Approximately 30 million Americans suffer from diabetes, a chronic disease in which your body cannot properly regulate your blood sugar. The disease is not curable, so proper management from experts – such as Nicole Kimzey, DO, of Girard Internal Medicine in Philadelphia – is essential to help you live a long, healthy life free of complications. Call the office or book an appointment online to be evaluated for diabetes or get proper management if you already have the condition.
Diabetes describes a set of disorders in which your body has trouble producing any or enough insulin, a hormone that helps your body process glucose from the food you eat. When sugar builds up in the blood, you can experience serious health complications, including heart disease, neuropathy, kidney disease, and stroke.
Type 1 diabetes is usually diagnosed in your childhood or early adulthood and occurs when your body fails to produce insulin.
With Type 2 diabetes, your body still makes some insulin, but your cells have become less able to process it effectively and this leads to a build-up of sugar in the blood.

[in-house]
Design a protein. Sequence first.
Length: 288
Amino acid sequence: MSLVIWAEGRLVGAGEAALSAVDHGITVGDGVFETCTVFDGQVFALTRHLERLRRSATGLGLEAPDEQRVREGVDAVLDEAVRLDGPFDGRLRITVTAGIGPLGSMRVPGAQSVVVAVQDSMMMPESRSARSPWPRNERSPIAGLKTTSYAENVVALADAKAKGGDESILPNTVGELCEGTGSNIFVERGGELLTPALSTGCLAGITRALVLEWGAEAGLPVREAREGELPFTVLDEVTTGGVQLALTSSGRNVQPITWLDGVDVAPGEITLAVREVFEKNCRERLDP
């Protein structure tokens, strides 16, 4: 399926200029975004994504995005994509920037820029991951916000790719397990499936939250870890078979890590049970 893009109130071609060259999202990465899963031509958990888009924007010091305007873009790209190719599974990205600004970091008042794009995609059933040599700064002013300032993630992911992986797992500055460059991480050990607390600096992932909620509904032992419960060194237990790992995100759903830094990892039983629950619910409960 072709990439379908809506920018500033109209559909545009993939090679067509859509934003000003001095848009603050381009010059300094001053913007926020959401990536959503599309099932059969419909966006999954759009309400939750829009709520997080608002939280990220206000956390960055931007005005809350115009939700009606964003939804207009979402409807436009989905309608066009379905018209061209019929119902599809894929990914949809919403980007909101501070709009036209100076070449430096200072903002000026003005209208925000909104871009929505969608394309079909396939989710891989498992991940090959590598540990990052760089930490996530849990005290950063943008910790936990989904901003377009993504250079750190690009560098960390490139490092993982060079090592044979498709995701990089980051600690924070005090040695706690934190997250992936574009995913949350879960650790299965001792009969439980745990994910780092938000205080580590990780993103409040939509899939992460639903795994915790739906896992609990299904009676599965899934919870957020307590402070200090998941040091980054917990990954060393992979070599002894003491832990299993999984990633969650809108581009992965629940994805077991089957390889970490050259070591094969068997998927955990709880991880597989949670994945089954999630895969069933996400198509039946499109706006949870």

Gestational diabetes is similar to Type 2 diabetes, but strikes pregnant women. Only some women develop gestational diabetes, and it usually goes away once you have the baby, but you’re more prone to developing Type 2 diabetes later in life.
If you have fasting blood sugar levels in the range of 100-125 mg/dL, Dr. Kimzey may diagnose you with prediabetes. Normal blood sugar levels are usually 70-99 mg/dL and diabetes is diagnosed at 126 mg/dL or higher.
If you have prediabetes, it’s important to take steps to get your blood sugar levels under control to prevent the onset of full-blown Type 2 diabetes. You’re at risk for prediabetes (and Type 2 diabetes) if you:
As you get older, your risk of prediabetes and Type 2 diabetes increases too.
Not everyone with diabetes, especially Type 2 diabetes, has symptoms. If you have any of the following, consult Dr. Kimzey:
If you’re eating more, but still losing weight, it could be a sign of Type 1 diabetes. Tingling or numbness in the hands or feet is an indication of Type 2 diabetes.
Type 1 diabetes is usually managed with replacement insulin, diet, and exercise. Regular self-monitoring and clinical monitoring of your blood sugar levels keep your health on track.
With Type 2 diabetes, lifestyle changes such as losing weight, a healthy diet, and more physical activity can help you manage the disease. Dr. Kimzey may also recommend medication and insulin therapy as well as regular monitoring of your blood sugar levels.
To learn more about a diabetes diagnosis, call Girard Internal Medicine or book an appointment online.